Focus on Sauternes/Barsac

Below are the results of my early April tastings of the powerful 2001 sweet wines of Bordeaux, as well as a set of barrel notes on the surprisingly good 2002s. But first an early word on 2003. Although I was able to taste a broad selection of the young 2003s in early April, most samples then were only approximations of the final blends and were far too young to assess. But it was already clear that 2003 will prove to be a very strong year for Sauternes and Barsac, and quite possibly monumental. Many insiders are already describing the 2003s as combining the power and richness of 1990 and the finesse of 1989. Obviously, any comparison between the new vintage and these two earlier years is high praise indeed, even if premature.

Late in the hot summer of 2003, a period of steady rain on September 7 and 8, followed by light rain over the next few days, triggered a rapid outbreak of botrytis on fruit that was already ripe and high in sugar. After cleaning their vines of any bits of grey rot, virtually every estate in Sauternes and Barsac harvested quickly during the second half of September without the need, or the time, for multiple passes through the vines. Warm breezes from the southeast facilitated the spread of pure botrytis and also resulted in further concentration of the grapes through passerillage (shriveling of the grapes by sun and wind), which had already been underway in some sites as a result of the scalding heat of August. (Barsac had received a bit more rain during the summer and thus its wines are characterized less by passerillage.) Potential alcohol levels soared under warm harvest conditions, and some estates harvested their ripest fruit ever, and in record time.

Acidity levels in the 2003s are generally low, and at the outset some château proprietors feared that their wines would be ponderous. Complicating matters was the fact that the highly concentrated musts were often tricky to vinify. Residual sugar levels in the wines are huge: typically between 150 and 200 grams per liter, vs. 90 to 150 for the 2001s. According to Bill Blatch, whose négociant firm Vintex has long been a major player in the Sauternes market, "roughly speaking, the 2003s have 25% more sugar and 25% less acidity than the 2001s." (Of the samples I tasted at the beginning of April, La Tour Blanche was highest in residual sugar, while Suduiraut was lowest in acidity.) But at the beginning of April, the very young 2003s were pure, smooth, rich in fruit and opulent, yet managed largely to avoid heaviness. Despite their obvious concentration, however, their pronounced sweetness made it difficult to get a feel for their underlying structure and the nature of their botrytis character in early April; I look forward to following these wines in barrel and in bottle. Some of my early favorites included Coutet, Guiraud, Nairac, Rayne-Vigneau, Rieussec, Sigalas-Rabaud, Suduiraut and La Tour Blanche (I did not taste Climens). I also liked Arche, Doisy-Daëne, Doisy-Védrines, Lafaurie-Peyraguey, Lamothe-Guignard and Myrat.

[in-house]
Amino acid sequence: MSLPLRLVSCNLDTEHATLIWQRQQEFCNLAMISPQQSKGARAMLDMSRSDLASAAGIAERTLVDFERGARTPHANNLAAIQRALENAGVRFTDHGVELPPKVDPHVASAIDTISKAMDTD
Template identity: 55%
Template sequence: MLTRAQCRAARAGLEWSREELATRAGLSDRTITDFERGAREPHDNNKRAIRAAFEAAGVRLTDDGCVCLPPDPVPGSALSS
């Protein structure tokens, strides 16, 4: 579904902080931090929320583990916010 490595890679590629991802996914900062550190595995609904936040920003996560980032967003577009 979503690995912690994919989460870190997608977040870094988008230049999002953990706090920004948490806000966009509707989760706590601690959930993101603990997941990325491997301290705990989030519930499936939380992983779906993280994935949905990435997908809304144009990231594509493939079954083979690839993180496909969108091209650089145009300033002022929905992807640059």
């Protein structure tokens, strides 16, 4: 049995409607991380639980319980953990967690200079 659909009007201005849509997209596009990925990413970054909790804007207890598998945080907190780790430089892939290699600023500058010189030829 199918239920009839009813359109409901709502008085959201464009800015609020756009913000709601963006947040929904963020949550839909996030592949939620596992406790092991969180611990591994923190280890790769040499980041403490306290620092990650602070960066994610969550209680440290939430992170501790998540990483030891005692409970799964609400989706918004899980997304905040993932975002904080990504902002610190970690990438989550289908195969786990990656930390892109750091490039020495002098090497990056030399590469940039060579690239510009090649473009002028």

The vintage to focus on today is 2001. These are wines to buy and lay down, not wines to consume young. The 2001 Sauternes show more acidity and power than the 2003s; in fact, most of the 2001s were broodingly closed in early April, even awkward to taste. The better wines are likely to need 10 to 15 years in bottle before they harmonize and should be very long-lived. The 2002s, which seemed rather delicate a year ago, have even more acidity than the 2001s, but less power and volume. They are characterized more by their finesse and class. In contrast to the harvest of 2003, much of the sweet wine harvest in 2002 occurred during a period that featured very chilly nights with a cold wind from the northeast. Many of the 2002s showed a lot of free sulfur in early April, which suggests that they have stable material and are evolving slowly. These elegantly styled wines should make lovely aperitifs and also prove to be flexible at the dinner table. My preliminary scores may prove to be conservative.